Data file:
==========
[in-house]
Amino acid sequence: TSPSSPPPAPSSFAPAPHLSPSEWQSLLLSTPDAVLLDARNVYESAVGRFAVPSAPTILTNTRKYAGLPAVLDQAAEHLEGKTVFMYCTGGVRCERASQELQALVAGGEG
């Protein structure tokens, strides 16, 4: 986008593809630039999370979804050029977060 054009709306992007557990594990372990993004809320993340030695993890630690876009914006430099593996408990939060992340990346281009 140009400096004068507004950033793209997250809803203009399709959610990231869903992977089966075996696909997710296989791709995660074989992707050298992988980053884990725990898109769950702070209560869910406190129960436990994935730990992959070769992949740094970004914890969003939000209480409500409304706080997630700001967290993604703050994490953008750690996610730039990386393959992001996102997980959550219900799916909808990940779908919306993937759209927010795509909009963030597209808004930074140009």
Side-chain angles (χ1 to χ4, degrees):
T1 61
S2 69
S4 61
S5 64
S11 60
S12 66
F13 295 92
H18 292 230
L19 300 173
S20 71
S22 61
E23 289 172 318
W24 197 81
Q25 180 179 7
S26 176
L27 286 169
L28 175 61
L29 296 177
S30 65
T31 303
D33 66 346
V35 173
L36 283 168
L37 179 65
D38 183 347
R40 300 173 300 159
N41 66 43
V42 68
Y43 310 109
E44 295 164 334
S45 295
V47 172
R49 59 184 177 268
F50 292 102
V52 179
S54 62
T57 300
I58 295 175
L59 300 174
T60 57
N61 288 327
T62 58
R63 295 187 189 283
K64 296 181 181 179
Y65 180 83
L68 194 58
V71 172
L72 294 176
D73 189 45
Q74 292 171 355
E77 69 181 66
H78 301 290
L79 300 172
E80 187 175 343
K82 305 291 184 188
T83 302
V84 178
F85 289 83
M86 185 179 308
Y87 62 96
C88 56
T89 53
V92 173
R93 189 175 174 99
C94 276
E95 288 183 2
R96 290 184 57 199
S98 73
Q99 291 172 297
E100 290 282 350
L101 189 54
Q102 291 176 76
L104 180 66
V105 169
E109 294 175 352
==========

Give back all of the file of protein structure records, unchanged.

[in-house]
Amino acid sequence: TSPSSPPPAPSSFAPAPHLSPSEWQSLLLSTPDAVLLDARNVYESAVGRFAVPSAPTILTNTRKYAGLPAVLDQAAEHLEGKTVFMYCTGGVRCERASQELQALVAGGEG
């Protein structure tokens, strides 16, 4: 986008593809630039999370979804050029977060 054009709306992007557990594990372990993004809320993340030695993890630690876009914006430099593996408990939060992340990346281009 140009400096004068507004950033793209997250809803203009399709959610990231869903992977089966075996696909997710296989791709995660074989992707050298992988980053884990725990898109769950702070209560869910406190129960436990994935730990992959070769992949740094970004914890969003939000209480409500409304706080997630700001967290993604703050994490953008750690996610730039990386393959992001996102997980959550219900799916909808990940779908919306993937759209927010795509909009963030597209808004930074140009």
Side-chain angles (χ1 to χ4, degrees):
T1 61
S2 69
S4 61
S5 64
S11 60
S12 66
F13 295 92
H18 292 230
L19 300 173
S20 71
S22 61
E23 289 172 318
W24 197 81
Q25 180 179 7
S26 176
L27 286 169
L28 175 61
L29 296 177
S30 65
T31 303
D33 66 346
V35 173
L36 283 168
L37 179 65
D38 183 347
R40 300 173 300 159
N41 66 43
V42 68
Y43 310 109
E44 295 164 334
S45 295
V47 172
R49 59 184 177 268
F50 292 102
V52 179
S54 62
T57 300
I58 295 175
L59 300 174
T60 57
N61 288 327
T62 58
R63 295 187 189 283
K64 296 181 181 179
Y65 180 83
L68 194 58
V71 172
L72 294 176
D73 189 45
Q74 292 171 355
E77 69 181 66
H78 301 290
L79 300 172
E80 187 175 343
K82 305 291 184 188
T83 302
V84 178
F85 289 83
M86 185 179 308
Y87 62 96
C88 56
T89 53
V92 173
R93 189 175 174 99
C94 276
E95 288 183 2
R96 290 184 57 199
S98 73
Q99 291 172 297
E100 290 282 350
L101 189 54
Q102 291 176 76
L104 180 66
V105 169
E109 294 175 352